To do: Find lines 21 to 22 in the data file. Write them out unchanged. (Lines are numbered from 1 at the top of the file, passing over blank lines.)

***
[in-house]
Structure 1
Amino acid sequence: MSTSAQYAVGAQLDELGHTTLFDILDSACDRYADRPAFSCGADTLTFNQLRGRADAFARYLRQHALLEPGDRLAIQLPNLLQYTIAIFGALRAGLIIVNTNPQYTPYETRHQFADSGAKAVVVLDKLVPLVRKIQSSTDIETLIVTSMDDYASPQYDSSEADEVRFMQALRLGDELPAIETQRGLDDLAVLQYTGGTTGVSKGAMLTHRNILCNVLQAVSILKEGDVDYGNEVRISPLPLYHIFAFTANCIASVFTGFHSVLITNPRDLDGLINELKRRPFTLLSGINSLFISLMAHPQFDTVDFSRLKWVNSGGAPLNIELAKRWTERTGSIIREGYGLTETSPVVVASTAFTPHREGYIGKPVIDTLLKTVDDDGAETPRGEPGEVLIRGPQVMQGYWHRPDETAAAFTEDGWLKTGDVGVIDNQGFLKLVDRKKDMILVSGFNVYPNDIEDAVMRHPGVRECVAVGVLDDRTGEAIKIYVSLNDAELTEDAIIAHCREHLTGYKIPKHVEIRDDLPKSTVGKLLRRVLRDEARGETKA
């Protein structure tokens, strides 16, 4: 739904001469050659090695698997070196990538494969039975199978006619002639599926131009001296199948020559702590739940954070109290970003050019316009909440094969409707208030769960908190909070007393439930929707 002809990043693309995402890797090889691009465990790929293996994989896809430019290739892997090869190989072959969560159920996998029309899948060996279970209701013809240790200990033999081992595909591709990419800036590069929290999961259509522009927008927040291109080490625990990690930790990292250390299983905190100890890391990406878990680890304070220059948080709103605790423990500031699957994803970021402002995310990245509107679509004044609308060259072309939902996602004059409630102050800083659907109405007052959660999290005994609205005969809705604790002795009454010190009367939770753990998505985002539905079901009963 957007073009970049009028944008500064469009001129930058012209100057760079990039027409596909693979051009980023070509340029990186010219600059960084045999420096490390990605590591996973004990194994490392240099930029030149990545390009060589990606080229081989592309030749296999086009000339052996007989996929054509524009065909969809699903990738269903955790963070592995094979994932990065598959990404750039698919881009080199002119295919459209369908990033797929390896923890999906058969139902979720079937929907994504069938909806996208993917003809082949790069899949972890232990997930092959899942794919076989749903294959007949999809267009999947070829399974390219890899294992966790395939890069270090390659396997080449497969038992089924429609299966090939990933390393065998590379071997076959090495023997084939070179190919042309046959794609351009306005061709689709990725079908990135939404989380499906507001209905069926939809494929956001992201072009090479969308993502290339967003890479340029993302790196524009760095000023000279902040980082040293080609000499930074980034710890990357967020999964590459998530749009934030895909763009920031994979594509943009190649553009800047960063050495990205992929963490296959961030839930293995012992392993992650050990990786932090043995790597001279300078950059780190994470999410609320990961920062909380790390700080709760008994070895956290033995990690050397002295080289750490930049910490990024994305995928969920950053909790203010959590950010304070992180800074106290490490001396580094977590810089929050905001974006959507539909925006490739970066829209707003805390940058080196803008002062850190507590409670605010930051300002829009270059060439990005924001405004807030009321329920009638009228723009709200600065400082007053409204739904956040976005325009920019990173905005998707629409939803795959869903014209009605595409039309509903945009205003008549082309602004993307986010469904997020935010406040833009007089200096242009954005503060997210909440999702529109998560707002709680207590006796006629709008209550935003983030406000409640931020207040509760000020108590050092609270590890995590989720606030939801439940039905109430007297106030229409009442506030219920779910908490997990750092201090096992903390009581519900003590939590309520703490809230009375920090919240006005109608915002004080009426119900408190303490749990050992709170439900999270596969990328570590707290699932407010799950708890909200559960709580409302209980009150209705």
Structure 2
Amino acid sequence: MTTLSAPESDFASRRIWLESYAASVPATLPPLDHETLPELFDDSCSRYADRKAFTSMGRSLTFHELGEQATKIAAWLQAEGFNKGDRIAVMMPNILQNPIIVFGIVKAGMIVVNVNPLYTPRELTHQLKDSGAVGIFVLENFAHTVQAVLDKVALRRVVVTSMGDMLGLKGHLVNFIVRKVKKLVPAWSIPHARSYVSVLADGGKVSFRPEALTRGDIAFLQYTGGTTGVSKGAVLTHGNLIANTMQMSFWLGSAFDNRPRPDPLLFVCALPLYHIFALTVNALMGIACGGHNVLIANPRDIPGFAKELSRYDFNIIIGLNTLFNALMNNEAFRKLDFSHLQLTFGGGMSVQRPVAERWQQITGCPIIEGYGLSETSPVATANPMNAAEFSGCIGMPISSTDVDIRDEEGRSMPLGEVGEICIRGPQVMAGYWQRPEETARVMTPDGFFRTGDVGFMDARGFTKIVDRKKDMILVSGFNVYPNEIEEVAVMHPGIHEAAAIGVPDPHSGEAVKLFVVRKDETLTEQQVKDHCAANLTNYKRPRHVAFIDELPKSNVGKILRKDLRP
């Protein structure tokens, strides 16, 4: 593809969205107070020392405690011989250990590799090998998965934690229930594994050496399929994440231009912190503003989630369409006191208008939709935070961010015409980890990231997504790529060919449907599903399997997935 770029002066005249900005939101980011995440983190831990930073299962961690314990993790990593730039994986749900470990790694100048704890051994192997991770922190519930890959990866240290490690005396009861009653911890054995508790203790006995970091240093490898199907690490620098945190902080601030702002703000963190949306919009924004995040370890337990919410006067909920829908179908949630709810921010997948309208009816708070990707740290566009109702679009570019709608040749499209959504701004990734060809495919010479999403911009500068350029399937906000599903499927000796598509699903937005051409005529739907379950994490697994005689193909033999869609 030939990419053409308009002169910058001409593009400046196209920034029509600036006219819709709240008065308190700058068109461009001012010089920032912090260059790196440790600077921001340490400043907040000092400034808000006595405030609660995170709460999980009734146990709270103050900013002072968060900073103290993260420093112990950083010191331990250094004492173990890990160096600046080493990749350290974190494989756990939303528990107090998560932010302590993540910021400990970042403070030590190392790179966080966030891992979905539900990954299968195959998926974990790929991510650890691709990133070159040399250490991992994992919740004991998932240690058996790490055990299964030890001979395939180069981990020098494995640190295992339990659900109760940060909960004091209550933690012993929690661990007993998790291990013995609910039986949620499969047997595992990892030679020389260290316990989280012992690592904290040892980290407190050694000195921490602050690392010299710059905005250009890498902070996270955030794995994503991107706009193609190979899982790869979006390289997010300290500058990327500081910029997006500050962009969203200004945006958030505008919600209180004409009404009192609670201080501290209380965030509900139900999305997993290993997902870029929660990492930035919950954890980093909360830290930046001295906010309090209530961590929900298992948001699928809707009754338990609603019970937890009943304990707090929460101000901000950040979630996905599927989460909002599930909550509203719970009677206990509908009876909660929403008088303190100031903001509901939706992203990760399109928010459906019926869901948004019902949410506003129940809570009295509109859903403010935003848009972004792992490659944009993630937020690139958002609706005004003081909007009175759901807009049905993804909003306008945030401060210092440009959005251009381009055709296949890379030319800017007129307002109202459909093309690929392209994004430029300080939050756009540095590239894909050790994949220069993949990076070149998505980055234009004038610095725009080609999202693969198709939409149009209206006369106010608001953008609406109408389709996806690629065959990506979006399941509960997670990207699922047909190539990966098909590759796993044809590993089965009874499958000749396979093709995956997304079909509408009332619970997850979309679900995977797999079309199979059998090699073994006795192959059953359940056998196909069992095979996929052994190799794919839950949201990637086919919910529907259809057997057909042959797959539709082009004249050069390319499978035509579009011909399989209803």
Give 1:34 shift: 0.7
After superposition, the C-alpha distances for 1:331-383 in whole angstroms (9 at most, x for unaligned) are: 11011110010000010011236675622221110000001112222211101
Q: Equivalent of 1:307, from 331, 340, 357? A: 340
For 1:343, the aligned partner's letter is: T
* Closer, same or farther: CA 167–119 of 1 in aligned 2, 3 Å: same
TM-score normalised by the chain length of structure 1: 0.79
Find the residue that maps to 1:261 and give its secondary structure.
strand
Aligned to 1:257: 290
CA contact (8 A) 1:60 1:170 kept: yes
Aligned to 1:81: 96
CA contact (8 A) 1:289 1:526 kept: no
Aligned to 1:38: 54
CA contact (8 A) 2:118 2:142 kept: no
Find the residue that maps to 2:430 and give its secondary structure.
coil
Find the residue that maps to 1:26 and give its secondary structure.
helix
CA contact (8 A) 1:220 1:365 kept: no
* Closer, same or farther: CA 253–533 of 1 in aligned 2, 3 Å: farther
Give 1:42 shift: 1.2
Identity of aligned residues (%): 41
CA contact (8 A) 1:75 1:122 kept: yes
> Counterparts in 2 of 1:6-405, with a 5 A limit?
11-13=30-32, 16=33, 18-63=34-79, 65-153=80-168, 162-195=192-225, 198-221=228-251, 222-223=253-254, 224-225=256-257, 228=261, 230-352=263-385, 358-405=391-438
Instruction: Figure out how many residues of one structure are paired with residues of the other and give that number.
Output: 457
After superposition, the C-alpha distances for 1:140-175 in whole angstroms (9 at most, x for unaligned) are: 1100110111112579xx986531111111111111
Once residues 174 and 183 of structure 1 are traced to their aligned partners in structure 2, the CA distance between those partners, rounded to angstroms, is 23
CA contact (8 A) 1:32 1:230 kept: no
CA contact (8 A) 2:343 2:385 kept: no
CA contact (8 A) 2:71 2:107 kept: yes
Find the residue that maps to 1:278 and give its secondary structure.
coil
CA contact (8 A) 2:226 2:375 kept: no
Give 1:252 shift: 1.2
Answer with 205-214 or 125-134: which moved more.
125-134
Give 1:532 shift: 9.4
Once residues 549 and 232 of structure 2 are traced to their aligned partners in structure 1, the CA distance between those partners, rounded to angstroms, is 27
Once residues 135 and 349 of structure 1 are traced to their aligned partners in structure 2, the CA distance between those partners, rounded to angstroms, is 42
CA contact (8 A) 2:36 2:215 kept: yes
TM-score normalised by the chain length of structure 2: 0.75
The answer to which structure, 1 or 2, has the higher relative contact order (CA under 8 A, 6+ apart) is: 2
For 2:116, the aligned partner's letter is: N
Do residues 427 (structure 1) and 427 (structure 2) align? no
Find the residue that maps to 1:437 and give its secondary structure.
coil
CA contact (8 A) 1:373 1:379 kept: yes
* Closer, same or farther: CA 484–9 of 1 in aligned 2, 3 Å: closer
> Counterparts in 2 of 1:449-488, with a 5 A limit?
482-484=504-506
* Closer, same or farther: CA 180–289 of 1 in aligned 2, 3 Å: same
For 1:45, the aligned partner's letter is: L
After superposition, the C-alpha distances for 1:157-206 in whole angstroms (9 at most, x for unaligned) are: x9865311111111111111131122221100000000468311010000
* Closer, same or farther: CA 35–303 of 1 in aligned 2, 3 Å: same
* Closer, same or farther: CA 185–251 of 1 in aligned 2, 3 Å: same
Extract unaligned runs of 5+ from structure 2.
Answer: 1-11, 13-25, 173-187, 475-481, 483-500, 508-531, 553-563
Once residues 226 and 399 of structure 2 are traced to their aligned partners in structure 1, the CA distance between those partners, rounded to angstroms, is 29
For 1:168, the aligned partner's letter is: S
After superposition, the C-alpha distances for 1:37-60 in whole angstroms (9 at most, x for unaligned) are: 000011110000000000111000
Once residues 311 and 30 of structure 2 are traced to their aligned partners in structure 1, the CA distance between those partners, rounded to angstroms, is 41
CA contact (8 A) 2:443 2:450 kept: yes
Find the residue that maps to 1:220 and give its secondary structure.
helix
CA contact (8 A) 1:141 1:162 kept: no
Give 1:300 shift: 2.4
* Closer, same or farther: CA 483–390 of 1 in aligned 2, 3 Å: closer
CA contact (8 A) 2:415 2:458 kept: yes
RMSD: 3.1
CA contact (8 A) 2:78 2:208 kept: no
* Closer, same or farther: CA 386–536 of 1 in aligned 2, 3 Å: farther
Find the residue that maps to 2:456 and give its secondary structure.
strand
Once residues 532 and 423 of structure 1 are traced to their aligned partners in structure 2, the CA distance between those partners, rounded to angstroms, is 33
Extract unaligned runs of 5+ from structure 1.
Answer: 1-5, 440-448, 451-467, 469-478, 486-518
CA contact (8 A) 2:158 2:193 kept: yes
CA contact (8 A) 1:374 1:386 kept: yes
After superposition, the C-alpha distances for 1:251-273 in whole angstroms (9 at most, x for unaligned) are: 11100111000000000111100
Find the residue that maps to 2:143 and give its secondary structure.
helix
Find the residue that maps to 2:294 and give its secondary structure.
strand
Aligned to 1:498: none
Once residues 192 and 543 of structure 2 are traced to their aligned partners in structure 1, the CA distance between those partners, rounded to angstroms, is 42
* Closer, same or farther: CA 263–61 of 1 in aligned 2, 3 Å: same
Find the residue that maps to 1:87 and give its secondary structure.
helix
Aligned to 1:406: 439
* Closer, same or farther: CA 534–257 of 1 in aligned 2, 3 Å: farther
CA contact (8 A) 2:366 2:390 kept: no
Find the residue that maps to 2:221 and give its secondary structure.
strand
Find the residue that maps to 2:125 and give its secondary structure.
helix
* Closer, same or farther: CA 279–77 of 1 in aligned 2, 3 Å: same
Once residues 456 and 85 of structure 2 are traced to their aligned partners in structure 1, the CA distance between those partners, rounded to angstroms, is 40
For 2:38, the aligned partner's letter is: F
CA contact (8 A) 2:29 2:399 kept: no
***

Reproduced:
CA contact (8 A) 2:118 2:142 kept: no
Find the residue that maps to 2:430 and give its secondary structure.